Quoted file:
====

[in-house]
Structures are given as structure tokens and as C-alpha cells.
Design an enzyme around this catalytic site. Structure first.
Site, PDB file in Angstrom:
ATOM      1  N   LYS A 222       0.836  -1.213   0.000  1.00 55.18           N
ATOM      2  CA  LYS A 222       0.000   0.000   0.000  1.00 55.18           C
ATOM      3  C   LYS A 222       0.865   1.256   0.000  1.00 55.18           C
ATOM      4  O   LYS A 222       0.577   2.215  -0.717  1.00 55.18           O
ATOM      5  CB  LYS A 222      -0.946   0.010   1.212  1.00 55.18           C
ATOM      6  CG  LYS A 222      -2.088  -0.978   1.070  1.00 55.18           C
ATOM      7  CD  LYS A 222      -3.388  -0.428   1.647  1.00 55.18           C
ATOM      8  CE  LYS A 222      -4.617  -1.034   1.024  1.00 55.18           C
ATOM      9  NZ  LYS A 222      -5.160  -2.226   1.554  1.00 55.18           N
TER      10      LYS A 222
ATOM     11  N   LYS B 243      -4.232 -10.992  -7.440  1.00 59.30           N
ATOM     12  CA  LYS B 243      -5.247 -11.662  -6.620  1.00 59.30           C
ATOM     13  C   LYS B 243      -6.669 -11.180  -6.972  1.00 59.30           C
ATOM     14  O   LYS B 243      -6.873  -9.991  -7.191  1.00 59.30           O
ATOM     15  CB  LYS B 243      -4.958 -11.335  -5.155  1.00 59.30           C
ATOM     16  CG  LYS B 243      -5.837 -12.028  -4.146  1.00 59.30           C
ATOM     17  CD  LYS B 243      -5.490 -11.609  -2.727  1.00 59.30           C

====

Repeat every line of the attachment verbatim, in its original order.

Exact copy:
[in-house]
Structures are given as structure tokens and as C-alpha cells.
Design an enzyme around this catalytic site. Structure first.
Site, PDB file in Angstrom:
ATOM      1  N   LYS A 222       0.836  -1.213   0.000  1.00 55.18           N
ATOM      2  CA  LYS A 222       0.000   0.000   0.000  1.00 55.18           C
ATOM      3  C   LYS A 222       0.865   1.256   0.000  1.00 55.18           C
ATOM      4  O   LYS A 222       0.577   2.215  -0.717  1.00 55.18           O
ATOM      5  CB  LYS A 222      -0.946   0.010   1.212  1.00 55.18           C
ATOM      6  CG  LYS A 222      -2.088  -0.978   1.070  1.00 55.18           C
ATOM      7  CD  LYS A 222      -3.388  -0.428   1.647  1.00 55.18           C
ATOM      8  CE  LYS A 222      -4.617  -1.034   1.024  1.00 55.18           C
ATOM      9  NZ  LYS A 222      -5.160  -2.226   1.554  1.00 55.18           N
TER      10      LYS A 222
ATOM     11  N   LYS B 243      -4.232 -10.992  -7.440  1.00 59.30           N
ATOM     12  CA  LYS B 243      -5.247 -11.662  -6.620  1.00 59.30           C
ATOM     13  C   LYS B 243      -6.669 -11.180  -6.972  1.00 59.30           C
ATOM     14  O   LYS B 243      -6.873  -9.991  -7.191  1.00 59.30           O
ATOM     15  CB  LYS B 243      -4.958 -11.335  -5.155  1.00 59.30           C
ATOM     16  CG  LYS B 243      -5.837 -12.028  -4.146  1.00 59.30           C
ATOM     17  CD  LYS B 243      -5.490 -11.609  -2.727  1.00 59.30           C